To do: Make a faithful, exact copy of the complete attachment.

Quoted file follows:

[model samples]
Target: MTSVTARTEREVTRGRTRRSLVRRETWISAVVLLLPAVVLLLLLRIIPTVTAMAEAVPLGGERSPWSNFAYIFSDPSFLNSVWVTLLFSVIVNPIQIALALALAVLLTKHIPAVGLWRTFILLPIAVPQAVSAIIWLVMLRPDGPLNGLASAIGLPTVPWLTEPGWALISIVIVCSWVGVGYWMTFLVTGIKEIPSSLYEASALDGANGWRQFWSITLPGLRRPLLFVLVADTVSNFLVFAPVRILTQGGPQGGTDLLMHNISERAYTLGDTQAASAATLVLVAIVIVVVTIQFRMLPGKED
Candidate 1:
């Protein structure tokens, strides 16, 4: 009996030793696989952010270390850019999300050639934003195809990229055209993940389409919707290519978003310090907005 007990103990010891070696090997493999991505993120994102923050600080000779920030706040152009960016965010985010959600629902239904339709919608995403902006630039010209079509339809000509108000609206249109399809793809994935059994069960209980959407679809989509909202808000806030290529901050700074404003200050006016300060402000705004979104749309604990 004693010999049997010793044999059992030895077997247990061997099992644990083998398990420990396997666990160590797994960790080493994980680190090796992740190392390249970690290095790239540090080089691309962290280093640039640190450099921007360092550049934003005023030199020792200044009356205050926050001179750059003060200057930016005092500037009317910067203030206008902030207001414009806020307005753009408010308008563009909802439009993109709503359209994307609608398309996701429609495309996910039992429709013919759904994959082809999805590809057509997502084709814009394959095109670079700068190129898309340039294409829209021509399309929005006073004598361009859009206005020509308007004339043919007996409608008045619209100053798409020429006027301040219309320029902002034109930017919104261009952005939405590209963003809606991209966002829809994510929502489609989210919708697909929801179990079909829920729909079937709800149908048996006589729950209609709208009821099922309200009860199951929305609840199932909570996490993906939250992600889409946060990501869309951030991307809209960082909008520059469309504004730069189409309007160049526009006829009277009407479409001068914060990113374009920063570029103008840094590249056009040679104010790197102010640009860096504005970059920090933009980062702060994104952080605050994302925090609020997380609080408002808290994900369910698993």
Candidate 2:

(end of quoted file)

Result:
[model samples]
Target: MTSVTARTEREVTRGRTRRSLVRRETWISAVVLLLPAVVLLLLLRIIPTVTAMAEAVPLGGERSPWSNFAYIFSDPSFLNSVWVTLLFSVIVNPIQIALALALAVLLTKHIPAVGLWRTFILLPIAVPQAVSAIIWLVMLRPDGPLNGLASAIGLPTVPWLTEPGWALISIVIVCSWVGVGYWMTFLVTGIKEIPSSLYEASALDGANGWRQFWSITLPGLRRPLLFVLVADTVSNFLVFAPVRILTQGGPQGGTDLLMHNISERAYTLGDTQAASAATLVLVAIVIVVVTIQFRMLPGKED
Candidate 1:
């Protein structure tokens, strides 16, 4: 009996030793696989952010270390850019999300050639934003195809990229055209993940389409919707290519978003310090907005 007990103990010891070696090997493999991505993120994102923050600080000779920030706040152009960016965010985010959600629902239904339709919608995403902006630039010209079509339809000509108000609206249109399809793809994935059994069960209980959407679809989509909202808000806030290529901050700074404003200050006016300060402000705004979104749309604990 004693010999049997010793044999059992030895077997247990061997099992644990083998398990420990396997666990160590797994960790080493994980680190090796992740190392390249970690290095790239540090080089691309962290280093640039640190450099921007360092550049934003005023030199020792200044009356205050926050001179750059003060200057930016005092500037009317910067203030206008902030207001414009806020307005753009408010308008563009909802439009993109709503359209994307609608398309996701429609495309996910039992429709013919759904994959082809999805590809057509997502084709814009394959095109670079700068190129898309340039294409829209021509399309929005006073004598361009859009206005020509308007004339043919007996409608008045619209100053798409020429006027301040219309320029902002034109930017919104261009952005939405590209963003809606991209966002829809994510929502489609989210919708697909929801179990079909829920729909079937709800149908048996006589729950209609709208009821099922309200009860199951929305609840199932909570996490993906939250992600889409946060990501869309951030991307809209960082909008520059469309504004730069189409309007160049526009006829009277009407479409001068914060990113374009920063570029103008840094590249056009040679104010790197102010640009860096504005970059920090933009980062702060994104952080605050994302925090609020997380609080408002808290994900369910698993």
Candidate 2: